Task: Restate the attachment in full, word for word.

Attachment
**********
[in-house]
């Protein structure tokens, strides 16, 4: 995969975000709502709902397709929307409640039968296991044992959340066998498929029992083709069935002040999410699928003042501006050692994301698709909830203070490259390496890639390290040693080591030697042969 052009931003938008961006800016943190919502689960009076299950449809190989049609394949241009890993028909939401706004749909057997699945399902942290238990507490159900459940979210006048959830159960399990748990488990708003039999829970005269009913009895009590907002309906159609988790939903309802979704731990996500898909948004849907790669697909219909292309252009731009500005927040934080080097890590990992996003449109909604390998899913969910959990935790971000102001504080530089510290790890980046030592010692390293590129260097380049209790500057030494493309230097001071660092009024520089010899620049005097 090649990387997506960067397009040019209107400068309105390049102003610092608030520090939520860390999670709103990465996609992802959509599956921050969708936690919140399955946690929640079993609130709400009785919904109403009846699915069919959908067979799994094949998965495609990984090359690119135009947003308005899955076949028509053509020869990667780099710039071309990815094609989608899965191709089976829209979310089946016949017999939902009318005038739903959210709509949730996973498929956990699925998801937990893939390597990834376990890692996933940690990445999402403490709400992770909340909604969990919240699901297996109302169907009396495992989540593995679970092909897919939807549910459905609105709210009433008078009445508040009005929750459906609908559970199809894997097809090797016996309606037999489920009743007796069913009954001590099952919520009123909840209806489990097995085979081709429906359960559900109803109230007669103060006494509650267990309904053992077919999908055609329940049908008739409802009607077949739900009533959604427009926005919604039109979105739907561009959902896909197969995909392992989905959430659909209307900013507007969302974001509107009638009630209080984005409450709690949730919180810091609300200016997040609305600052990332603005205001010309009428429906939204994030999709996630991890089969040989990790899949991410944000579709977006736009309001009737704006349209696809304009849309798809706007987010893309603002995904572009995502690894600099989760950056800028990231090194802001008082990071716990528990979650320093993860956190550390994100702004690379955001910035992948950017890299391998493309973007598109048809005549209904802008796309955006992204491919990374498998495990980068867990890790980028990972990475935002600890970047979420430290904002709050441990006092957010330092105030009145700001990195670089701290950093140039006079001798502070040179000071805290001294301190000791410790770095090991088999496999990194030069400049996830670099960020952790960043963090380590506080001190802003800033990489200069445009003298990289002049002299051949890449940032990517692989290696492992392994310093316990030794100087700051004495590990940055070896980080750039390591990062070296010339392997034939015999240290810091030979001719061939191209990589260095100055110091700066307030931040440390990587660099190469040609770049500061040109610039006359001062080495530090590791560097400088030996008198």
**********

[in-house]
């Protein structure tokens, strides 16, 4: 995969975000709502709902397709929307409640039968296991044992959340066998498929029992083709069935002040999410699928003042501006050692994301698709909830203070490259390496890639390290040693080591030697042969 052009931003938008961006800016943190919502689960009076299950449809190989049609394949241009890993028909939401706004749909057997699945399902942290238990507490159900459940979210006048959830159960399990748990488990708003039999829970005269009913009895009590907002309906159609988790939903309802979704731990996500898909948004849907790669697909219909292309252009731009500005927040934080080097890590990992996003449109909604390998899913969910959990935790971000102001504080530089510290790890980046030592010692390293590129260097380049209790500057030494493309230097001071660092009024520089010899620049005097 090649990387997506960067397009040019209107400068309105390049102003610092608030520090939520860390999670709103990465996609992802959509599956921050969708936690919140399955946690929640079993609130709400009785919904109403009846699915069919959908067979799994094949998965495609990984090359690119135009947003308005899955076949028509053509020869990667780099710039071309990815094609989608899965191709089976829209979310089946016949017999939902009318005038739903959210709509949730996973498929956990699925998801937990893939390597990834376990890692996933940690990445999402403490709400992770909340909604969990919240699901297996109302169907009396495992989540593995679970092909897919939807549910459905609105709210009433008078009445508040009005929750459906609908559970199809894997097809090797016996309606037999489920009743007796069913009954001590099952919520009123909840209806489990097995085979081709429906359960559900109803109230007669103060006494509650267990309904053992077919999908055609329940049908008739409802009607077949739900009533959604427009926005919604039109979105739907561009959902896909197969995909392992989905959430659909209307900013507007969302974001509107009638009630209080984005409450709690949730919180810091609300200016997040609305600052990332603005205001010309009428429906939204994030999709996630991890089969040989990790899949991410944000579709977006736009309001009737704006349209696809304009849309798809706007987010893309603002995904572009995502690894600099989760950056800028990231090194802001008082990071716990528990979650320093993860956190550390994100702004690379955001910035992948950017890299391998493309973007598109048809005549209904802008796309955006992204491919990374498998495990980068867990890790980028990972990475935002600890970047979420430290904002709050441990006092957010330092105030009145700001990195670089701290950093140039006079001798502070040179000071805290001294301190000791410790770095090991088999496999990194030069400049996830670099960020952790960043963090380590506080001190802003800033990489200069445009003298990289002049002299051949890449940032990517692989290696492992392994310093316990030794100087700051004495590990940055070896980080750039390591990062070296010339392997034939015999240290810091030979001719061939191209990589260095100055110091700066307030931040440390990587660099190469040609770049500061040109610039006359001062080495530090590791560097400088030996008198």